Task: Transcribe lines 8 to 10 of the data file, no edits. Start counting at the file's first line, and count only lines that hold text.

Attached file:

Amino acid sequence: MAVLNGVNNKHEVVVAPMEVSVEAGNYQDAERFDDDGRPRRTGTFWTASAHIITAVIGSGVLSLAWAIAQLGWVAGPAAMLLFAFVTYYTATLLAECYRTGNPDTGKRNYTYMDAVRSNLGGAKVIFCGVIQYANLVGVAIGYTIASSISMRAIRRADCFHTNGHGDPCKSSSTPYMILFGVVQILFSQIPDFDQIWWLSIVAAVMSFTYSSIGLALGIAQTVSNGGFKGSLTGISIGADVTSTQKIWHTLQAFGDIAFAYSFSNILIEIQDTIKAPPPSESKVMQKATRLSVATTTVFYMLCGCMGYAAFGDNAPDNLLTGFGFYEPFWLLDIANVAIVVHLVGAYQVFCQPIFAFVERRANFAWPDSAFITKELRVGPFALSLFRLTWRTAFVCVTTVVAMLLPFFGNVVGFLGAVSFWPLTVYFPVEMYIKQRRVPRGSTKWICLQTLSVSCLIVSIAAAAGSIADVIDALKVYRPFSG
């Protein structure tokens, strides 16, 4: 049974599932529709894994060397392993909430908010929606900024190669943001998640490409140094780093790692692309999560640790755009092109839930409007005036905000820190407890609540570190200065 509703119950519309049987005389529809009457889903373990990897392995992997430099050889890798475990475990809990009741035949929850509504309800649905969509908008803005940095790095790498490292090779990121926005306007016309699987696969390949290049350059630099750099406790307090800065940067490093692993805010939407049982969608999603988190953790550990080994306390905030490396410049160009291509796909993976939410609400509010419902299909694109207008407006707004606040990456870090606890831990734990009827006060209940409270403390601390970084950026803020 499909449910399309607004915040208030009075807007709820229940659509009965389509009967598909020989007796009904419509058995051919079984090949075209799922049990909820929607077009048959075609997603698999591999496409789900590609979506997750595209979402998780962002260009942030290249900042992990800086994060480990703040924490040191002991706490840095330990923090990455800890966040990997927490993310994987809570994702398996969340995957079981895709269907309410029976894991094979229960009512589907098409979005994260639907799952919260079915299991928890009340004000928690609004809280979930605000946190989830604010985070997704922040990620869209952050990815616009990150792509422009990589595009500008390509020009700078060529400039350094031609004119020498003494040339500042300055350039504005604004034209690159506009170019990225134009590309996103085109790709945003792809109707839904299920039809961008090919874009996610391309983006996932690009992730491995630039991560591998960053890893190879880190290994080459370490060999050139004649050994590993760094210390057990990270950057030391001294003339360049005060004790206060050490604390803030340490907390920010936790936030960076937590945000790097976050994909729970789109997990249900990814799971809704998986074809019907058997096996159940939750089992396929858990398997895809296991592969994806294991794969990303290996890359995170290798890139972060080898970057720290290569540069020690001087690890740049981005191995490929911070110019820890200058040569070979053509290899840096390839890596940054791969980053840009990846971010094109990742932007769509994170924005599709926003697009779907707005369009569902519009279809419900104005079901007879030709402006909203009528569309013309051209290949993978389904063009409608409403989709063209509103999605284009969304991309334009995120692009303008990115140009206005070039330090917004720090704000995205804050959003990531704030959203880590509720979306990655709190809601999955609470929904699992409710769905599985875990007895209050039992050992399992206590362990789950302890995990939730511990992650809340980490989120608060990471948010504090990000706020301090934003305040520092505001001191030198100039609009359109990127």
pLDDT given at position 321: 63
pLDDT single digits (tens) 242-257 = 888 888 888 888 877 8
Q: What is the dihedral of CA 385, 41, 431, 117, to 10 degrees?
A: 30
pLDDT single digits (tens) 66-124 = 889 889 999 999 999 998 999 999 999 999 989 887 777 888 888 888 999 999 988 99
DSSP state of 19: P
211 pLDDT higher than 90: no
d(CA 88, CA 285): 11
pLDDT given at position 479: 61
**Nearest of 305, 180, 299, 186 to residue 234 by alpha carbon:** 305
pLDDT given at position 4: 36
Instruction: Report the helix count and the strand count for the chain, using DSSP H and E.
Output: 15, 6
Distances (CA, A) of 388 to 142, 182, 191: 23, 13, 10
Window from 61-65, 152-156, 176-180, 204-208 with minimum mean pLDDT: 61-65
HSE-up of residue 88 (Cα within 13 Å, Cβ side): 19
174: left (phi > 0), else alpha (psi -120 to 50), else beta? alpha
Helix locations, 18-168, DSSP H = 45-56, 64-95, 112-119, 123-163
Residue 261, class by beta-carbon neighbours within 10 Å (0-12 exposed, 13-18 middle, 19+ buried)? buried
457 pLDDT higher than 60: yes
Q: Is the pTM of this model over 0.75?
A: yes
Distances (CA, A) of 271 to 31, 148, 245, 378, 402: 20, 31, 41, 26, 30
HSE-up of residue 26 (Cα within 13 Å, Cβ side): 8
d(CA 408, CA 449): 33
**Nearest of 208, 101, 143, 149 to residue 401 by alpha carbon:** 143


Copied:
DSSP state of 19: P
211 pLDDT higher than 90: no
d(CA 88, CA 285): 11